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SSRIs and Birth Defects

Kelly, Monique B.; Wisner, Katherine L.; Cornelius, Marie D.

doi: 10.1097/01.ede.0000259346.39498.eb
LETTERS: Letters to the Editor

Department of Psychiatry; School of Medicine; University of Pittsburgh; Pittsburgh, PA; (Kelly, Wisner, Cornelius)

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To the Editor:

Treatment with selective serotonin reuptake inhibitors (SSRIs) during pregnancy requires additional data from well-designed studies. In the article, “Maternal use of selective serotonin reuptake inhibitors and risk of congenital malformations” by Wogelius et al,1 several positive methodologic choices deserve comment. These include the comprehensiveness of the linked prescription data and the Danish Medical Birth and hospital discharge registries, control for specific medications associated with congenital malformations, similar distribution of congenital malformation in this study with published data,2 and the large population-based sample.

However, several aspects of the methodology diminish the validity of the authors’ conclusion that SSRI exposure is associated with congenital malformations, much less causally related as claimed by their statement: the “observed association … was stronger [among patients with SSRI exposure during the second or third month after conception compared with exposure within the first trimester or 30 days before], which is consistent with a causal effect.” Because medication compliance and prescription length were not addressed, measurement of exposure was inexact—especially since SSRI treatment preconception and during the first month of gestation may affect the embryonic cell lines involved in organogenesis. Lacking an assessment of maternal depression severity biases their analyses since depression can directly impact fetal outcomes,3 and severity of depression may have even greater impact than drug exposure. Other researchers have studied similar relationships while more adequately controlling for important non-SSRI-related maternal factors.4,5 Controlled factors in these other studies included maternal demographics, prepregnancy body mass index or pregnancy weight gain, gravidity, medical histories, socioeconomic status, physiological and psychiatric comorbidities, smoking, alcohol, other substance use, concurrent medication and vitamin use. While Wogelius and colleagues consider some factors, other covariates of depression are excluded, which necessitates a more cautious interpretation of their results. Of note, the authors found that the rate of smoking was nearly twice as high among the SSRI group as compared with the non-SSRI group.6 Comorbid alcohol use, although directly associated with depression7 and congenital malformations in offspring,8 is not assessed. Additionally, the overlapping epochs used to define “early pregnancy” complicate the definition of exposure since the group with second or third month SSRI use appears to be a subgroup of patients using SSRI from preconception through the first trimester.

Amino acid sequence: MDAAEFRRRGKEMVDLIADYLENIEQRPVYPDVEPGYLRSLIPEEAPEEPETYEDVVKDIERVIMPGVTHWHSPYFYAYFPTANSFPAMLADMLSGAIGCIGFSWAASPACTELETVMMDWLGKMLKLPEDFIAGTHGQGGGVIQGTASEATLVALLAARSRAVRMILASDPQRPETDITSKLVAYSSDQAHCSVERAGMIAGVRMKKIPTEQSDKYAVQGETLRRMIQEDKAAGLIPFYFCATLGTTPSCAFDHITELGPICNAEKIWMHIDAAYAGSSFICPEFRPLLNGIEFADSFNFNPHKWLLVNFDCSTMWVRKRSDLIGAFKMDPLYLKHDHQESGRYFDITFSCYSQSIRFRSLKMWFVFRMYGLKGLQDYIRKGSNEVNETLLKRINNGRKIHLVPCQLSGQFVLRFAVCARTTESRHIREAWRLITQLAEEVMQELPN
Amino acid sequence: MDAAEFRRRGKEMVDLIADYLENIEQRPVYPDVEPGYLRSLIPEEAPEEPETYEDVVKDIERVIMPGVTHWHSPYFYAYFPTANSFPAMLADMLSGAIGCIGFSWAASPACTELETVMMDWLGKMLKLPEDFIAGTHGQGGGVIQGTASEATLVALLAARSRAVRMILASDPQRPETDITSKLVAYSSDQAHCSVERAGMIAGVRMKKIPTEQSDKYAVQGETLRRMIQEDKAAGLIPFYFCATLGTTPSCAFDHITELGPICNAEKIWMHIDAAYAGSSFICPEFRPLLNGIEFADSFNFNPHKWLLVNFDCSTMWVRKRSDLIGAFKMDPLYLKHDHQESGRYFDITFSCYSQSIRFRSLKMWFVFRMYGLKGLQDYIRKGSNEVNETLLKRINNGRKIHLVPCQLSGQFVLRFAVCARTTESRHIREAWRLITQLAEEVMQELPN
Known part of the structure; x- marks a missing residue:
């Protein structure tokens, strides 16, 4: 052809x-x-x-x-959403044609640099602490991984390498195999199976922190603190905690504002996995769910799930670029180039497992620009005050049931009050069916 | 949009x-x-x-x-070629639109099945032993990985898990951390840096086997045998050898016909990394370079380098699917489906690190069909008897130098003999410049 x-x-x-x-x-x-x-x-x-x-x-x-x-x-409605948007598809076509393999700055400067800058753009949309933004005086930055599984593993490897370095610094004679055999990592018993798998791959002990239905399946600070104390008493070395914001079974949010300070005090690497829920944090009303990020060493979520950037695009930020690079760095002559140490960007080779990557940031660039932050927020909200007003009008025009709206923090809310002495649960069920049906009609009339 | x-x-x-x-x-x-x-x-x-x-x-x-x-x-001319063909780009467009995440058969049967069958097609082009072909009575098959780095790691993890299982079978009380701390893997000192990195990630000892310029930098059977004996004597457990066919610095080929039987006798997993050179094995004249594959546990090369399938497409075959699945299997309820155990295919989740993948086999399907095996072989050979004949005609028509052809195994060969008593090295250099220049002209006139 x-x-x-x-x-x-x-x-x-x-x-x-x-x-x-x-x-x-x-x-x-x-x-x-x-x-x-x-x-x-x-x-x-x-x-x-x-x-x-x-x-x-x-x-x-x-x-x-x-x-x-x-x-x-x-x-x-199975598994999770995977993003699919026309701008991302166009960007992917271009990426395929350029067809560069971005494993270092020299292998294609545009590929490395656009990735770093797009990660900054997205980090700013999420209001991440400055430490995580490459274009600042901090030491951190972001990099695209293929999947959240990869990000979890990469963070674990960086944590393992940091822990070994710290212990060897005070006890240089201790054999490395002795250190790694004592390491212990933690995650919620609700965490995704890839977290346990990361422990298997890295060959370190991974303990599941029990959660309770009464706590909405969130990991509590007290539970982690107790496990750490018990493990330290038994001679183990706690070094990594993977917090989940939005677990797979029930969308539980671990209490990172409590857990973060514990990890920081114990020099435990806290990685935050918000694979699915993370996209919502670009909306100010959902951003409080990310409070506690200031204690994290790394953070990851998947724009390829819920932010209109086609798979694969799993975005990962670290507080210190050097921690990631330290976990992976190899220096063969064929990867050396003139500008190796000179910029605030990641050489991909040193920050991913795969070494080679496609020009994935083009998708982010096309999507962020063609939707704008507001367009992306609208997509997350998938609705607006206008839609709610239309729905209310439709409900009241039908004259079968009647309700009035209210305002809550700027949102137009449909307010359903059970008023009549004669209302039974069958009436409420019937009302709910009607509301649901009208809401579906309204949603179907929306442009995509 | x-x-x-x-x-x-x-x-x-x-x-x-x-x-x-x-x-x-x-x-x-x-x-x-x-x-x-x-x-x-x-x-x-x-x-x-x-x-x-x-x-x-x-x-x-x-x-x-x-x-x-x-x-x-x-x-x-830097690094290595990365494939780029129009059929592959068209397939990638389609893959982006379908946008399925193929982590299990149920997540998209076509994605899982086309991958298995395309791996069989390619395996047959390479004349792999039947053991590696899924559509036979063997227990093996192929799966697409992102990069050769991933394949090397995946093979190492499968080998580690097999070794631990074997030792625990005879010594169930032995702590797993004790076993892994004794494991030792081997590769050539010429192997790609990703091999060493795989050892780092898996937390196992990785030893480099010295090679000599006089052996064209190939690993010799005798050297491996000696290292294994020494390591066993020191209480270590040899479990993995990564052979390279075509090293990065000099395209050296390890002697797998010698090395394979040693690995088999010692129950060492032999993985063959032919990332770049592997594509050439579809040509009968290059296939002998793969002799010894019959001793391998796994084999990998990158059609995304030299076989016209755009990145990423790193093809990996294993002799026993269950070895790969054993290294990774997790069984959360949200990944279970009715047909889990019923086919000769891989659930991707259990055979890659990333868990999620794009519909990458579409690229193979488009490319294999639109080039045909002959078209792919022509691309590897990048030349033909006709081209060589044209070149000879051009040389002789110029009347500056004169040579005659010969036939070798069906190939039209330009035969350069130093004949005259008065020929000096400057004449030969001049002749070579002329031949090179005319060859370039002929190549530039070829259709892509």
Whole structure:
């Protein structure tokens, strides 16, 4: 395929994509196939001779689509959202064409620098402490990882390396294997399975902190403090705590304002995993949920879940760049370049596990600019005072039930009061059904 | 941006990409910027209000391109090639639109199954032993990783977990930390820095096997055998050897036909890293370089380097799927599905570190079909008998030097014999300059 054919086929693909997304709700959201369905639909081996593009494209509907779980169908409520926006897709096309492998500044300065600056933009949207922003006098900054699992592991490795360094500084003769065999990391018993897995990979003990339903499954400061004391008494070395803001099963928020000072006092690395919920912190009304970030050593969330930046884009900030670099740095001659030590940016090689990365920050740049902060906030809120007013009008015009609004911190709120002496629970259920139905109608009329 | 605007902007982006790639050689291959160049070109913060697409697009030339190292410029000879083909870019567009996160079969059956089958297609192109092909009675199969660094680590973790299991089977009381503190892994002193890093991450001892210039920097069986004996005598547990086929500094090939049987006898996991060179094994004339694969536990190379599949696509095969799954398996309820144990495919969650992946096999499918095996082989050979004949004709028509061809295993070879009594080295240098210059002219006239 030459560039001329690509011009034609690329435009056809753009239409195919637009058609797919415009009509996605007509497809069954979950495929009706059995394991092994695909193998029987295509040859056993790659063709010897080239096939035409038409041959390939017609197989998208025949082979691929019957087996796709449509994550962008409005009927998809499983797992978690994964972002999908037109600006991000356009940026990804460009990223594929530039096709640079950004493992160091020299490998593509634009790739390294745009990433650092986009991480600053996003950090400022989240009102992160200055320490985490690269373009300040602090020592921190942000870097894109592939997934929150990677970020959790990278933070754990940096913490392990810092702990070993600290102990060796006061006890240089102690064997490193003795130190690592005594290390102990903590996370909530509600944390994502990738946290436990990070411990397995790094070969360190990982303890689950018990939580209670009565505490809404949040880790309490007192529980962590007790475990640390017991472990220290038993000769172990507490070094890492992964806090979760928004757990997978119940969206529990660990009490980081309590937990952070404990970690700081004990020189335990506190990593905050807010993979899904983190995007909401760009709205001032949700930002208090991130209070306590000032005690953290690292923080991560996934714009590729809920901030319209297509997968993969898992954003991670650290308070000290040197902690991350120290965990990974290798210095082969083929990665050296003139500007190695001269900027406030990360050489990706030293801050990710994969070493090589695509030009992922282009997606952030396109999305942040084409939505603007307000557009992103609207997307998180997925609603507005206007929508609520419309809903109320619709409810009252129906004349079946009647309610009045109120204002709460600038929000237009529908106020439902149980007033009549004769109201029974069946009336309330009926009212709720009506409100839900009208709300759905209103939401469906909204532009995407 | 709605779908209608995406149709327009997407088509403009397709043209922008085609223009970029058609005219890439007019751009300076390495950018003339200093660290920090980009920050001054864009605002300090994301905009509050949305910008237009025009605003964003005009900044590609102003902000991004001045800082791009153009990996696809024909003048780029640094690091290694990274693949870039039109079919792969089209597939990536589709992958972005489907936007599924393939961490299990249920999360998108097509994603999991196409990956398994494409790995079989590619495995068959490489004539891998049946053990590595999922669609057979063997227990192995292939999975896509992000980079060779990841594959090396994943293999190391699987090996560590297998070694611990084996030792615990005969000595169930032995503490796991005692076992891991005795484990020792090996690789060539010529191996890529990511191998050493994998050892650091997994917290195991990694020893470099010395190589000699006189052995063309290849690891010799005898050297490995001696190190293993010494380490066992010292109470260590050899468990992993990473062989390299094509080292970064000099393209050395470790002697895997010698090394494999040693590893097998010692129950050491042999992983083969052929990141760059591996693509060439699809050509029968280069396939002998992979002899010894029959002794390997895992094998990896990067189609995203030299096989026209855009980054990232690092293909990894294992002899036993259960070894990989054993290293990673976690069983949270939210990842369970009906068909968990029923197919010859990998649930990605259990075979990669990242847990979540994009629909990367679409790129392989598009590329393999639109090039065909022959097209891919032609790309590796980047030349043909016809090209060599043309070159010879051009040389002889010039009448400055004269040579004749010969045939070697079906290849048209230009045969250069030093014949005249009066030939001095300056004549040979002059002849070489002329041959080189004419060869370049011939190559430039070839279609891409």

SSRI use during pregnancy remains a controversial public health issue. Publications on this topic must be subjected to careful scrutiny. Despite its strengths, the methodologic shortcomings of the Wogelius et al paper do not move the existing scientific literature forward.

Monique B. Kelly

Katherine L. Wisner

Marie D. Cornelius

Department of Psychiatry School of Medicine University of Pittsburgh Pittsburgh, PA

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© 2007 Lippincott Williams & Wilkins, Inc.